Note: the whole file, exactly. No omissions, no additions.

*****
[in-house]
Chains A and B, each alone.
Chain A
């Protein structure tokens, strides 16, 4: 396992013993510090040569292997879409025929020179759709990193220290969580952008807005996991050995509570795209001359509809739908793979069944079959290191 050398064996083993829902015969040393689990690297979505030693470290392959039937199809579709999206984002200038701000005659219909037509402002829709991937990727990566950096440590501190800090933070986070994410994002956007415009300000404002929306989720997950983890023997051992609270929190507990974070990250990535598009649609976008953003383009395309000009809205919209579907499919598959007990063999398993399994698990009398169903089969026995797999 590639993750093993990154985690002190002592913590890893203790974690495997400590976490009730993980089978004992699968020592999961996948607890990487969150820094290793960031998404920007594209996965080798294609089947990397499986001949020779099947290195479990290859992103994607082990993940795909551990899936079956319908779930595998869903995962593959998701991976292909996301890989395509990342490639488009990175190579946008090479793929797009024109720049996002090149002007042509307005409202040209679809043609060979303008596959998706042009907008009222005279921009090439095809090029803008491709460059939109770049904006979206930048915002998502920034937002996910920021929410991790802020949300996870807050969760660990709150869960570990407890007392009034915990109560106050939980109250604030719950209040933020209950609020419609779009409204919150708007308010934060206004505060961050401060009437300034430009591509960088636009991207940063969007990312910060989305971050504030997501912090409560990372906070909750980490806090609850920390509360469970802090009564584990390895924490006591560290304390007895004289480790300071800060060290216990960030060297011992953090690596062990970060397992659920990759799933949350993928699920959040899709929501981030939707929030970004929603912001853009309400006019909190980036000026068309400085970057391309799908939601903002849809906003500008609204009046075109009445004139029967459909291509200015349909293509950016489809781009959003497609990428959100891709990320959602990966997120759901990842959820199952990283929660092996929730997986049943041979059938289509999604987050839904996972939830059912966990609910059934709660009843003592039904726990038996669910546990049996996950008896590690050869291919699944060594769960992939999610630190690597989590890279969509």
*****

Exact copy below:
[in-house]
Chains A and B, each alone.
Chain A
């Protein structure tokens, strides 16, 4: 396992013993510090040569292997879409025929020179759709990193220290969580952008807005996991050995509570795209001359509809739908793979069944079959290191 050398064996083993829902015969040393689990690297979505030693470290392959039937199809579709999206984002200038701000005659219909037509402002829709991937990727990566950096440590501190800090933070986070994410994002956007415009300000404002929306989720997950983890023997051992609270929190507990974070990250990535598009649609976008953003383009395309000009809205919209579907499919598959007990063999398993399994698990009398169903089969026995797999 590639993750093993990154985690002190002592913590890893203790974690495997400590976490009730993980089978004992699968020592999961996948607890990487969150820094290793960031998404920007594209996965080798294609089947990397499986001949020779099947290195479990290859992103994607082990993940795909551990899936079956319908779930595998869903995962593959998701991976292909996301890989395509990342490639488009990175190579946008090479793929797009024109720049996002090149002007042509307005409202040209679809043609060979303008596959998706042009907008009222005279921009090439095809090029803008491709460059939109770049904006979206930048915002998502920034937002996910920021929410991790802020949300996870807050969760660990709150869960570990407890007392009034915990109560106050939980109250604030719950209040933020209950609020419609779009409204919150708007308010934060206004505060961050401060009437300034430009591509960088636009991207940063969007990312910060989305971050504030997501912090409560990372906070909750980490806090609850920390509360469970802090009564584990390895924490006591560290304390007895004289480790300071800060060290216990960030060297011992953090690596062990970060397992659920990759799933949350993928699920959040899709929501981030939707929030970004929603912001853009309400006019909190980036000026068309400085970057391309799908939601903002849809906003500008609204009046075109009445004139029967459909291509200015349909293509950016489809781009959003497609990428959100891709990320959602990966997120759901990842959820199952990283929660092996929730997986049943041979059938289509999604987050839904996972939830059912966990609910059934709660009843003592039904726990038996669910546990049996996950008896590690050869291919699944060594769960992939999610630190690597989590890279969509």